You can have a slate call, or box call at the ready and use these friction calls below you chest. This way, the movement of the friction calls cannot be seen by the eagle eye vision of wild turkeys.

What Time Should I Start Calling Turkeys?

Most hunters will start to toss out a call just before sunrise, or right at sunrise. If you are set up near a roost, you might be able to hear the birds talking some as they come down for breakfast. This would be a great time to start turkey calling.

Be sure to obey your local hunting laws when it comes to the times you are allowed to actively hunt. Some states are different.

When Should I Start Calling When Turkey Hunting?

The best time of the day is early morning, immediately after the roost then again about 8 to 9 a.m. when the other hen starts to leave and lay their eggs and once again between 11 and noon.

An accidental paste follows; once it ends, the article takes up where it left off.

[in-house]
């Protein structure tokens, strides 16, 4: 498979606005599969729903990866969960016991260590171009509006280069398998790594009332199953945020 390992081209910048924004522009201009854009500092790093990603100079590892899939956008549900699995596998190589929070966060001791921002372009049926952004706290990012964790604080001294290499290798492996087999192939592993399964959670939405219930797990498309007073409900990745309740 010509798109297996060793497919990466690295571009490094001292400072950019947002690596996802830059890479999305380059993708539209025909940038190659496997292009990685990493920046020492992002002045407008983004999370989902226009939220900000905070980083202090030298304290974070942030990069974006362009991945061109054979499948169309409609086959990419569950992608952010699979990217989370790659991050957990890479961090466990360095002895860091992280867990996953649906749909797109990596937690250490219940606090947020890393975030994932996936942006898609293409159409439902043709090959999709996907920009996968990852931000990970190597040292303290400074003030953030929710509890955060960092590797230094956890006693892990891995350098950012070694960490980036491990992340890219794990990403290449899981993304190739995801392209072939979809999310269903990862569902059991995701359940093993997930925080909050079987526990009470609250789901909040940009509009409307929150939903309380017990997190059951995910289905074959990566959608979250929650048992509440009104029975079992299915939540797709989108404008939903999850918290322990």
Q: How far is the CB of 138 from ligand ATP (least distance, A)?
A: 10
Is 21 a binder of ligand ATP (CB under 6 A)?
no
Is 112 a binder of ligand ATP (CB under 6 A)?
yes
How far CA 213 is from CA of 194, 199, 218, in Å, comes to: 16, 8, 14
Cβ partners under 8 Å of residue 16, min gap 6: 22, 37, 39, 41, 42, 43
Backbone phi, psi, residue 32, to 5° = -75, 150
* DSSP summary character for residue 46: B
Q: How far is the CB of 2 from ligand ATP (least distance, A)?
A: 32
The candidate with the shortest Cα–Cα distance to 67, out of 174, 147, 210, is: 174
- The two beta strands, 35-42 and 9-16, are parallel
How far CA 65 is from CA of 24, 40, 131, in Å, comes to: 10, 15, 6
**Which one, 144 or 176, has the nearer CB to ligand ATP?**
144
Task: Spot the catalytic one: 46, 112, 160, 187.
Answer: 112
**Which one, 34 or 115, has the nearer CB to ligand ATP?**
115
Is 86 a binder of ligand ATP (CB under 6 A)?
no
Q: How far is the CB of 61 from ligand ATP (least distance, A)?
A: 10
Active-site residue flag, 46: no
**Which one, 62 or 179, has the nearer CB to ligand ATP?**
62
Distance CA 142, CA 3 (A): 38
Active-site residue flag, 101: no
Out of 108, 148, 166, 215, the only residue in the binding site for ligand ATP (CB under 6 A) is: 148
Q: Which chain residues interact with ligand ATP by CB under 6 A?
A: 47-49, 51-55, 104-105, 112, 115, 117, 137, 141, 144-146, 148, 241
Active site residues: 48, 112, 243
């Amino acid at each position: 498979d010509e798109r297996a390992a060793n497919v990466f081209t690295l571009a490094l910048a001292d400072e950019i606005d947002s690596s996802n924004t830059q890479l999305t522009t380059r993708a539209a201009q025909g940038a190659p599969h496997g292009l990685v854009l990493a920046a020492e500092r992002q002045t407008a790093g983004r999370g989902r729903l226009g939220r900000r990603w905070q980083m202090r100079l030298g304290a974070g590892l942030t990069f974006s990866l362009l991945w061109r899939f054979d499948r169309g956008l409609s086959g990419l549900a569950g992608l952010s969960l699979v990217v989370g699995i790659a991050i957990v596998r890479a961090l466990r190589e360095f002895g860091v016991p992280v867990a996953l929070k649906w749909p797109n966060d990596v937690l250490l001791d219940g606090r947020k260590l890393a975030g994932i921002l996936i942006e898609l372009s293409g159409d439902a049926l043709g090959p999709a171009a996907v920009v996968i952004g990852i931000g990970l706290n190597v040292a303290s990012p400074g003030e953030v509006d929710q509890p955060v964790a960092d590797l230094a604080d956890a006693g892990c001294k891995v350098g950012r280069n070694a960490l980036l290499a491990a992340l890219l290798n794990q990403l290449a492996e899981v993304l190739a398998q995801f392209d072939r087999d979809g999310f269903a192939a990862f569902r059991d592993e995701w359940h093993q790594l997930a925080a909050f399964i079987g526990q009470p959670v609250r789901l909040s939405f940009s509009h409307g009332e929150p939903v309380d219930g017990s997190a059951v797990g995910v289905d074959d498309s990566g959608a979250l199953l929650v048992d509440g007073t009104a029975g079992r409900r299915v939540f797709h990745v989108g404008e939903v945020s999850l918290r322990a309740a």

Consider trying some locator calls, or soft yelps and see how the birds respond.

How Often Should You Call When Turkey Hunting?

Many people have different theories here, but I think that calling for a bird every 15 – 20 minutes should be okay. It all depends on what the turkeys near you are doing, and how they are communicating with each other.

What you do not want to do is over call, or call too much. This will definitely drive the Toms away.

Can You Over Call Turkeys? Calling too Much Explained.

Yes, you absolutely can over call turkeys. One of the hardest (but most fun) part about turkey hunting is the game of calling back and fourth, and trying to lure in the turkeys by doing so.

Overcalling is one way to drive the birds away – which is the opposite of what you want to do.

Try a yelp and see if you get a response. If the turkeys are actively calling back and fourth with you, this is a good sign you are not over calling them. If you hear silence for extended periods of time, move on and stop calling.

What Are the Best Turkey Sounds to Use?

Turkey hunters are going to want to use the right turkey sounds for the right time. Learning the art of what turkey sounds to use, and when to use them, is something that turkey hunters all need to learn.